How can normal force and weight be similar for a body at rest? I understand that these are not an example of Newton's 3rd law, and that if $f=ma$ by newtons 2nd law and body is at rest, the net forces must be zero because the aceleration is zero. However, its strange to think about this. For example, if a man of 80kg is at rest on the floor, then the normal force equals his weight, and if a man of 140kg is at rest on the floor, then the normal forces equal is weight again. Is there any specific reason or mechanism behind this or is it simply a consequence of newtons 2nd law ?
$\begingroup$ The problem is with the correct definition of weight in physics. $\endgroup$– Roger VadimDec 30, 2020 at 14:39
This is a consequence of equilibrium.
To see why we must first understand where the normal force comes from. The floor is made up of atoms and molecules and when no one is touching the floor all these atoms are in a 'happy' arrangement. With happy I mean that if you were to move one of these atoms by a small amount it would want to return to its original position. If a man now walks on top of these atoms they all get compressed a little. They are uncomfortable because they are too close to their neighbouring atoms. So they produce a force to try and restore the balance. The more they are compressed the larger the force they produce.
So imagine you hover an 80 kilo man above the floor attached to ropes. He is just touching the floor but is still applying zero weight. Before you cut the ropes the floor is producing zero force; the atoms aren't compressed so they are producing no force. As soon as you cut the rope the man starts falling because of gravity and starts compressing the atoms in the floor. The normal force starts increasing until it matches the weight of the man. At that point the net force is zero and the man is stationary.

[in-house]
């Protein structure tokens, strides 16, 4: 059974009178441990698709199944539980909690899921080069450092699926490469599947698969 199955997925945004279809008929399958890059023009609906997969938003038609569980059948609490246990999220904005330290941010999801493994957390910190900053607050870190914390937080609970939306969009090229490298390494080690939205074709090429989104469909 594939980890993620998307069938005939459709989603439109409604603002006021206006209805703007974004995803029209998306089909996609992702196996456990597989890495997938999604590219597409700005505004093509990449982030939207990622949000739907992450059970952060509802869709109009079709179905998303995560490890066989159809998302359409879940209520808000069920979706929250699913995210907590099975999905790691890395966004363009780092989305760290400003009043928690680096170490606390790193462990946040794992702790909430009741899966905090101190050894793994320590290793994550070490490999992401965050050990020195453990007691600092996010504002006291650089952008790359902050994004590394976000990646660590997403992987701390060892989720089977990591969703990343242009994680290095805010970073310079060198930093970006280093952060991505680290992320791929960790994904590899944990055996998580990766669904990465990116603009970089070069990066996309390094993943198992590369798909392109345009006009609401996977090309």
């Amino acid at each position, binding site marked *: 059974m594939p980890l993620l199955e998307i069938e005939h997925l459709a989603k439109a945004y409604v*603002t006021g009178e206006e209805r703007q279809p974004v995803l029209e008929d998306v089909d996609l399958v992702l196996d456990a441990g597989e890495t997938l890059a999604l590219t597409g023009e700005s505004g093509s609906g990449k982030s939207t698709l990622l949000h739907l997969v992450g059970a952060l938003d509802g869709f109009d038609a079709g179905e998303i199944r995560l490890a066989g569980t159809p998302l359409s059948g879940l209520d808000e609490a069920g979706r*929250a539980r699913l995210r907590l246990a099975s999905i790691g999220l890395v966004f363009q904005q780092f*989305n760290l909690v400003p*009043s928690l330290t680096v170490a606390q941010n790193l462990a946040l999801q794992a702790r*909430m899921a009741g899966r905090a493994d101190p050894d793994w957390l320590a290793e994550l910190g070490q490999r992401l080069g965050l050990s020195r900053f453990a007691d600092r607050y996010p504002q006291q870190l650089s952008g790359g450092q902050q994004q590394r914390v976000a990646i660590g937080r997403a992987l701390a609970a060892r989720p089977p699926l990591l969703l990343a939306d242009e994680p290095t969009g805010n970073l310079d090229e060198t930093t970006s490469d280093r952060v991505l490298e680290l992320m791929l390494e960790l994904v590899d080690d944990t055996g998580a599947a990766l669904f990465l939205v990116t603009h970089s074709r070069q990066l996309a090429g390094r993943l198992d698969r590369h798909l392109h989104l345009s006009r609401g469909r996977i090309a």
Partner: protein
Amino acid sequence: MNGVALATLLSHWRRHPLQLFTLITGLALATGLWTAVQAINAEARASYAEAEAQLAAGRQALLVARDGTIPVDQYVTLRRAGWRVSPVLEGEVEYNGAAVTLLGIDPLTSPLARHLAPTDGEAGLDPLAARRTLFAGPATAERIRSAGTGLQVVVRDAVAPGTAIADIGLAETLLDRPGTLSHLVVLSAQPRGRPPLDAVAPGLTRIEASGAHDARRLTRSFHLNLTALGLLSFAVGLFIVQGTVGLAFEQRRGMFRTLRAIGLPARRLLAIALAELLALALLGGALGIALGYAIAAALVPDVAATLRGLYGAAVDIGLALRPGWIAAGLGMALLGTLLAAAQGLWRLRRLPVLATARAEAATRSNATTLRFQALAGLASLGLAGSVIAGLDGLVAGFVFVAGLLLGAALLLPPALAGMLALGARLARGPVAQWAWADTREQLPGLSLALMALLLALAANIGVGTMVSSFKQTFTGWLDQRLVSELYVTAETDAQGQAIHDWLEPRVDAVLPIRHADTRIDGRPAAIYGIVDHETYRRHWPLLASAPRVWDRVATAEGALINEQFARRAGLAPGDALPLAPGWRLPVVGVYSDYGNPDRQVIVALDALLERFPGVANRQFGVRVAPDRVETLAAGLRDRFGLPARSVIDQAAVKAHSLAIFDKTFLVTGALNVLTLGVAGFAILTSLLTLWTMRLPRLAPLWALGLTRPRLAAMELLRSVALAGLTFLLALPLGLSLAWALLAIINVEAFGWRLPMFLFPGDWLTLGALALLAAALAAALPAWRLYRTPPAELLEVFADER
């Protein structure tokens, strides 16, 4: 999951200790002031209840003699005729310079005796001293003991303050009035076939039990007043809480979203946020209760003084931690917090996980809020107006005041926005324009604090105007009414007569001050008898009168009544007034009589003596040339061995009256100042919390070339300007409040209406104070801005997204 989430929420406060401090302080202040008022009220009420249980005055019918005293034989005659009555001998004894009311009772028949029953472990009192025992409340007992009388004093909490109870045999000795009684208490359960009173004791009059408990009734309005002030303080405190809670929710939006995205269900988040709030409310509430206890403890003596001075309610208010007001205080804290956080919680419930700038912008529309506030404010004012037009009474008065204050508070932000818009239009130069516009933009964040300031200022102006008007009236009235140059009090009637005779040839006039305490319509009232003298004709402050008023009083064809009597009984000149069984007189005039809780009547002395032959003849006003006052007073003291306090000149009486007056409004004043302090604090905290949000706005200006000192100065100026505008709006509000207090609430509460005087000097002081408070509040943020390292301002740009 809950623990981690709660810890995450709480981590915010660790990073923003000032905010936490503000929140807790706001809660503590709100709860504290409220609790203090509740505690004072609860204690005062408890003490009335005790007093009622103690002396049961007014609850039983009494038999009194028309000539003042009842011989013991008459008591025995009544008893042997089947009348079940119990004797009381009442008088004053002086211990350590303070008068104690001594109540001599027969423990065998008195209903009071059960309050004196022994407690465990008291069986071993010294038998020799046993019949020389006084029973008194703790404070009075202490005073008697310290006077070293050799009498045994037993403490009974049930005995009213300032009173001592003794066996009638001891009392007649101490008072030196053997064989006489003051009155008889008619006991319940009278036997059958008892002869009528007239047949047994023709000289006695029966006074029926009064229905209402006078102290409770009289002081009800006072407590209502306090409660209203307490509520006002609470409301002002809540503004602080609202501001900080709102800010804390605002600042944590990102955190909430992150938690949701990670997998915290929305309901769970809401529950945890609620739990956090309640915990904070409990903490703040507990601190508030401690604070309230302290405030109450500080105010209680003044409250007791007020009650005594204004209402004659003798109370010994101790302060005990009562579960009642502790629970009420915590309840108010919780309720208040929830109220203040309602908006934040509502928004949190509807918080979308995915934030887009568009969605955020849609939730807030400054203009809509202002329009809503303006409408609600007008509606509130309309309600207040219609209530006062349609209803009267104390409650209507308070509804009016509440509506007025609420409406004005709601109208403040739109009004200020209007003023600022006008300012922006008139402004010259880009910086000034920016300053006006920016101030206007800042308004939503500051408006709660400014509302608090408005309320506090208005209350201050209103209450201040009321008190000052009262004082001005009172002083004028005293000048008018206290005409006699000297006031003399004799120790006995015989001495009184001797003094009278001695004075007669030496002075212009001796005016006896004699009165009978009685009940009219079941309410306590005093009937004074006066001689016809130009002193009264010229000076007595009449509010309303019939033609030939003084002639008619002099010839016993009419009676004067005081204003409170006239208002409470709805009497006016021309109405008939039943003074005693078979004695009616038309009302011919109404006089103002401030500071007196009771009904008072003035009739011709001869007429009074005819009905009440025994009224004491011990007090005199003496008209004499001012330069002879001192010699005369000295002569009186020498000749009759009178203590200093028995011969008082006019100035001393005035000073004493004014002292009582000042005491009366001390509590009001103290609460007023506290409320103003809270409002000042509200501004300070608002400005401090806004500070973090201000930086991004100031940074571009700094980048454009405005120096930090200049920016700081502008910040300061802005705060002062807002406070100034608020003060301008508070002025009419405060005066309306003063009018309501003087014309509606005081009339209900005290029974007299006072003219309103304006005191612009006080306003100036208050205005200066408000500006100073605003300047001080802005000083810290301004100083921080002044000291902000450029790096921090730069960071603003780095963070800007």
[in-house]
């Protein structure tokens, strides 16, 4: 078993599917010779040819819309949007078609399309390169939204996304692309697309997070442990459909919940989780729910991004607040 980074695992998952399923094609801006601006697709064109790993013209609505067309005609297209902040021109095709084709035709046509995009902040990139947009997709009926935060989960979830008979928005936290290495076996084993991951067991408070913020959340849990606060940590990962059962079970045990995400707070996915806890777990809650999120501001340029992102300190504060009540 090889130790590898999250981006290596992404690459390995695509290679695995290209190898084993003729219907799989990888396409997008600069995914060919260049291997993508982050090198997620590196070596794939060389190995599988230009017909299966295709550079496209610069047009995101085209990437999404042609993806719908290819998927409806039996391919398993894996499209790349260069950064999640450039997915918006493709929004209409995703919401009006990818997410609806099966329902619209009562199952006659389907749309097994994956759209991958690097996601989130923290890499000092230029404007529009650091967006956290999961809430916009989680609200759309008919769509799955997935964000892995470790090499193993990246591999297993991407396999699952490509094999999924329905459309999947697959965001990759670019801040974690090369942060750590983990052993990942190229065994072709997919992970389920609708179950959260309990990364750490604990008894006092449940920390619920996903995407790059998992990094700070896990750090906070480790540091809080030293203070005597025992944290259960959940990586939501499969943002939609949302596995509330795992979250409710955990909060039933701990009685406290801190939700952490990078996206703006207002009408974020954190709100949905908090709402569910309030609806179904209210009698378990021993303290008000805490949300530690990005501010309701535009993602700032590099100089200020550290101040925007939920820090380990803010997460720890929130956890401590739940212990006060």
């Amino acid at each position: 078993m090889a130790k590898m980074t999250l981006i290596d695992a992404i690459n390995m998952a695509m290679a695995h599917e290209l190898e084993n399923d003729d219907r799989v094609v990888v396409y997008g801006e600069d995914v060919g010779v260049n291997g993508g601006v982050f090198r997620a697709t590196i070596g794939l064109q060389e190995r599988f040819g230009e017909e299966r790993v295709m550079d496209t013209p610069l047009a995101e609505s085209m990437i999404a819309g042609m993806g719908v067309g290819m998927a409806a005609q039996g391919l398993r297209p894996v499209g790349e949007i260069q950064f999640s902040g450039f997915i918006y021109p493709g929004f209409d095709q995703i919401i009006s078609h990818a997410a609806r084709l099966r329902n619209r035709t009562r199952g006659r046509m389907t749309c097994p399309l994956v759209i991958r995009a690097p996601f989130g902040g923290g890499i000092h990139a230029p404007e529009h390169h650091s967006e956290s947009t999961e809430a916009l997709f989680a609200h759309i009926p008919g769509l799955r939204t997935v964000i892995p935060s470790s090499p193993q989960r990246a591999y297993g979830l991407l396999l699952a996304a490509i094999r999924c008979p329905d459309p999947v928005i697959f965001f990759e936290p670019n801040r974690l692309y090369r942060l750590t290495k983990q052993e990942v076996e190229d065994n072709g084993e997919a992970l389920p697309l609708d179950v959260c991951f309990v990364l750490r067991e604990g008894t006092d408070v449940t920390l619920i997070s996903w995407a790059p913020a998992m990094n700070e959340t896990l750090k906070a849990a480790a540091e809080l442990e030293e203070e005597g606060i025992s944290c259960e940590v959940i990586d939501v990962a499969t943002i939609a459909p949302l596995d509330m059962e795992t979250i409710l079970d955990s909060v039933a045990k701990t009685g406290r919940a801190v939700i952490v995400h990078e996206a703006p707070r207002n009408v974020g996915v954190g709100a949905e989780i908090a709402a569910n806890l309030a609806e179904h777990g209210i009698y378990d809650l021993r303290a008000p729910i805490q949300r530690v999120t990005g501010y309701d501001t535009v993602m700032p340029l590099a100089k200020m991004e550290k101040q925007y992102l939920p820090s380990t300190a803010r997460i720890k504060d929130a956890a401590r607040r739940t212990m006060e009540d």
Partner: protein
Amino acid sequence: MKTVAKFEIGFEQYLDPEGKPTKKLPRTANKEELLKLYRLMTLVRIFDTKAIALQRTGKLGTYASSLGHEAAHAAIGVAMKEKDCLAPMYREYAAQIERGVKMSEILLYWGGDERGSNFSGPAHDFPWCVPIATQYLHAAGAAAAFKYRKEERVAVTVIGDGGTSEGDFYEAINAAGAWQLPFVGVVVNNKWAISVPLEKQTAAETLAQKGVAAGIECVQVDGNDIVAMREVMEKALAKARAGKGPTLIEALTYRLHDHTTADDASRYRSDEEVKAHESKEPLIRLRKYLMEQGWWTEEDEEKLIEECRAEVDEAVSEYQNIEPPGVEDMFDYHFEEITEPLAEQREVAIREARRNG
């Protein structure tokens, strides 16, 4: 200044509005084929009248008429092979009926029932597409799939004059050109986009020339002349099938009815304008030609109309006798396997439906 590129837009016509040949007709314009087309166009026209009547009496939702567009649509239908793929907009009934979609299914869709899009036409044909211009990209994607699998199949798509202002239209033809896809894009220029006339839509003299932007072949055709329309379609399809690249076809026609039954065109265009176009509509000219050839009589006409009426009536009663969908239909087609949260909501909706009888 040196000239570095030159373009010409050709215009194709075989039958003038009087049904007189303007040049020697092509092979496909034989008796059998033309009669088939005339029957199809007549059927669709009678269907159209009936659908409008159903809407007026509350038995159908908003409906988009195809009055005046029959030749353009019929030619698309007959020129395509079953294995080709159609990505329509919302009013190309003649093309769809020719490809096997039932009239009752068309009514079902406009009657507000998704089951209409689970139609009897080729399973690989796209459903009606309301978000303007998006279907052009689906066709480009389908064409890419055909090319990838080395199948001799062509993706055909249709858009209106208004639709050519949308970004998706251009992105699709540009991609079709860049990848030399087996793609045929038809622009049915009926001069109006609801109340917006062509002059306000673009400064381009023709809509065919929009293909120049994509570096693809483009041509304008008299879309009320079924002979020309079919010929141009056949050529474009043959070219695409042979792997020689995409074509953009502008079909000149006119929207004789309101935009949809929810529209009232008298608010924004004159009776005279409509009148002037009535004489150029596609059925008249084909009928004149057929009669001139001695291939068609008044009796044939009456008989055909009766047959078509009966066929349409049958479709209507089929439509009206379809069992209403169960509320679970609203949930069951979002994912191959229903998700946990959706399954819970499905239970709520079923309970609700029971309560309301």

Actually the normal force will not match the weight immediately. The man will have also picked up some downwards velocity which needs to be cancelled before he reaches equilibrium. But the end result is clear: in the end the man is stationary so the weight must match the normal force.
Before equilibrium is reached the normal force can actually be bigger than the weight. The reason that a ball bounces upwards after you throw it on the floor is because the normal force exceeded the weight of the ball for some time resulting in upwards acceleration.
$\begingroup$ thanks this answer was great and gave me a really good intuition behind this process! $\endgroup$ Dec 30, 2020 at 14:26
$\begingroup$ @JoãoCosta Great :) $\endgroup$ Dec 30, 2020 at 14:27
It is a consequence of the 3rd law. The man pushes down on the floor, with his weight, and the floor pushes back with an equal and opposite normal force.
$\begingroup$ Wrong! . These two are different types of fundamental forces . Normal = electromagnetic force and gravitational force is gravitational force. Hence they don't form action reaction pair. $\endgroup$ Dec 30, 2020 at 14:17
$\begingroup$ @Bhavay Why do you think 2 different types of forces cannot interact for a net result? $\endgroup$ Dec 30, 2020 at 16:05